Universities view themselves as places for ‘highly gifted’ members of society. Getting a degree is commonly viewed as the outcome of passing a series of academic obstacles, often many at once, under intense stress and scrutiny. Being able to pull off these hardships, fulfil them, and exit the other side unscathed is what a good student is expected to have done by the end of their time in university. Completion and acquisition of a degree is thereby an acknowledgement of their ability to survive this tough environment and emerge victorious on the other side. When a student does not meet these expectations set out by the university, it is seen as a defect of the student, rather than of the institution or system itself.
In Australia, universities are bound by the federal Disability Discrimination Act 1992 (DDA) and Disability Standards for Education 2005 (DSE) to ensure higher education is accessible to disabled students. Universities are legally required to provide reasonable adjustments for disabled students to remove barriers and make tertiary study as accessible as it is to their non-disabled peers. However, there is a lack of structural and institutional support afforded to ensure such adjustments and accommodations are implemented — much of the onus in ensuring access to these adjustments is placed on the shoulders of disabled students themselves.
Universities base their support of a student’s disability through student registration with the university’s accessibility and disability services. Within this context, registration is evidenced by a clinical diagnosis. This already poses many problems for students trying to access support. Getting a diagnosis is often an incredibly time-consuming and sometimes very expensive process, and is therefore not readily available to everyone who requires it.
Diagnoses, especially for chronic and mental illnesses, often also cannot be given instantaneously, as they require a person to be experiencing difficulty over a long period of time in order to qualify. Whilst there are valid reasons that the system of diagnosing a condition is set up this way, in a university context it leaves those struggling from an undiagnosed disability unsupported, often for years at a time.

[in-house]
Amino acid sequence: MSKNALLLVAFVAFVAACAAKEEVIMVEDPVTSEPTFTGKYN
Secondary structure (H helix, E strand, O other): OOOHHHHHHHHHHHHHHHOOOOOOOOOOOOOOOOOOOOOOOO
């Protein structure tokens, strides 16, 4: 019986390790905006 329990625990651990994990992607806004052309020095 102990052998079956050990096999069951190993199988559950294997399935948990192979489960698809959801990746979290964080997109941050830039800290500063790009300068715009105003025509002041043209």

If a student is unable to seek a formal diagnosis, either due to essential commitments, cost, lack of disability awareness or because of how taxing the process inherently is, then they are left to rely on simple extensions and the kindness of lecturers to attempt to support them throughout the semester. A formal diagnosis can unlock a world of potential adjustments and accommodations for a student, and can be the difference between passing or failing a course, a semester, or a whole degree.
After acquiring a diagnosis and registering for accessibility accommodations, the next step is a meeting between university support staff and the student affected to figure out what accommodations are needed. This meeting is important in understanding how a condition uniquely affects a student, however, in practice, this meeting can easily become one of the student trying to prove how their disability affects their ability to participate in university to the support worker. This often involves having to put on a persona that emphasises their disability and having to view past experiences through a medicalised lens of disability in order to justify the request for accommodations.
This process removes a large degree of agency from the student experiencing difficulty, and their whole journey to accessing support for their disability is mediated by others in a way that neglects their self-determination. They must receive a diagnosis from doctors, be validated in their struggles by university support staff, and receive adjustments ultimately decided on by the university itself.
Moreover, the effectiveness of adjustments available to disabled students depend heavily on what students’ needs are. Gemma Lucy Smart, Sessional Academic at the University of Sydney and SUPRA’s Disabilities Equity Officer, explained that the system is straightforward if students’ access needs are.
“For instance, if a student requires assistive technology and it’s standard then they will get access to that no issue and it’s wonderful.”
Theodore Tsolakis’ experience reflected this. As a blind Law student at USyd in his first year of a JD, Theodore is able to use his own assistive technology customised to his preferences for exams, with his academic plan (AP) requiring he receive readings as accessible Word documents and lecture slides as PowerPoint slides. He noted that these adjustments, as well as exam accommodations, were usually “very easy to arrange”.
More complex situations and needs require further support. However, a majority of adjustments available for students tend to be generic blanket provisions, and not always inherently geared toward the individual. For example, assessment extensions are a common adjustment available through APs. While this adjustment can be helpful if a student needs extra time to complete tasks due to health reasons or carer commitments, if a student has trouble initiating tasks, extra time doesn’t help them initiate tasks, and oftentimes it can result in putting off tasks for longer.
Hannah Rose, a third-year Arts student, noted that while Inclusion and Disability Services (IDS) can easily facilitate extension adjustments, other barriers, such as attendance requirements, are harder to accommodate.